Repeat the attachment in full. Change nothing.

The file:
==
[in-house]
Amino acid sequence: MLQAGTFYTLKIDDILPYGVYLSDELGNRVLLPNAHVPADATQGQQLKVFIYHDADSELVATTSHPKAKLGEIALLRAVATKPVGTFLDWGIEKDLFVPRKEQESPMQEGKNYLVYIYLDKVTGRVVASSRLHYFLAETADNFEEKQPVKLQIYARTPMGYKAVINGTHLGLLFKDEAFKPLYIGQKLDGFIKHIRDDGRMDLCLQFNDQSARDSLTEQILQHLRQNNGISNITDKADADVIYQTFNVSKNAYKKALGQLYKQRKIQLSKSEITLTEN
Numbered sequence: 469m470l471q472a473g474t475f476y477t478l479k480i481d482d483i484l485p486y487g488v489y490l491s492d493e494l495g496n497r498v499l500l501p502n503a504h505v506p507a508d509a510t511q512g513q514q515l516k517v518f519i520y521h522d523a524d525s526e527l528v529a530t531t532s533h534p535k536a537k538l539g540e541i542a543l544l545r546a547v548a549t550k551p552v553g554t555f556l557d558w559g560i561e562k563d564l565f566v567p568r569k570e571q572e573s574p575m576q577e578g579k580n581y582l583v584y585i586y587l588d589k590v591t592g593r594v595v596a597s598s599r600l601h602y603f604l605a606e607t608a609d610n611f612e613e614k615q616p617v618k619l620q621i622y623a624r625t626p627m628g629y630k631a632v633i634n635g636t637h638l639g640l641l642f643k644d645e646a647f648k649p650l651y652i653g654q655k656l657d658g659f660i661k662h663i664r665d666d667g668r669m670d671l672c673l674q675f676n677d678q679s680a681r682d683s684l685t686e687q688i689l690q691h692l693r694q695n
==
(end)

[in-house]
Amino acid sequence: MLQAGTFYTLKIDDILPYGVYLSDELGNRVLLPNAHVPADATQGQQLKVFIYHDADSELVATTSHPKAKLGEIALLRAVATKPVGTFLDWGIEKDLFVPRKEQESPMQEGKNYLVYIYLDKVTGRVVASSRLHYFLAETADNFEEKQPVKLQIYARTPMGYKAVINGTHLGLLFKDEAFKPLYIGQKLDGFIKHIRDDGRMDLCLQFNDQSARDSLTEQILQHLRQNNGISNITDKADADVIYQTFNVSKNAYKKALGQLYKQRKIQLSKSEITLTEN
Numbered sequence: 469m470l471q472a473g474t475f476y477t478l479k480i481d482d483i484l485p486y487g488v489y490l491s492d493e494l495g496n497r498v499l500l501p502n503a504h505v506p507a508d509a510t511q512g513q514q515l516k517v518f519i520y521h522d523a524d525s526e527l528v529a530t531t532s533h534p535k536a537k538l539g540e541i542a543l544l545r546a547v548a549t550k551p552v553g554t555f556l557d558w559g560i561e562k563d564l565f566v567p568r569k570e571q572e573s574p575m576q577e578g579k580n581y582l583v584y585i586y587l588d589k590v591t592g593r594v595v596a597s598s599r600l601h602y603f604l605a606e607t608a609d610n611f612e613e614k615q616p617v618k619l620q621i622y623a624r625t626p627m628g629y630k631a632v633i634n635g636t637h638l639g640l641l642f643k644d645e646a647f648k649p650l651y652i653g654q655k656l657d658g659f660i661k662h663i664r665d666d667g668r669m670d671l672c673l674q675f676n677d678q679s680a681r682d683s684l685t686e687q688i689l690q691h692l693r694q695n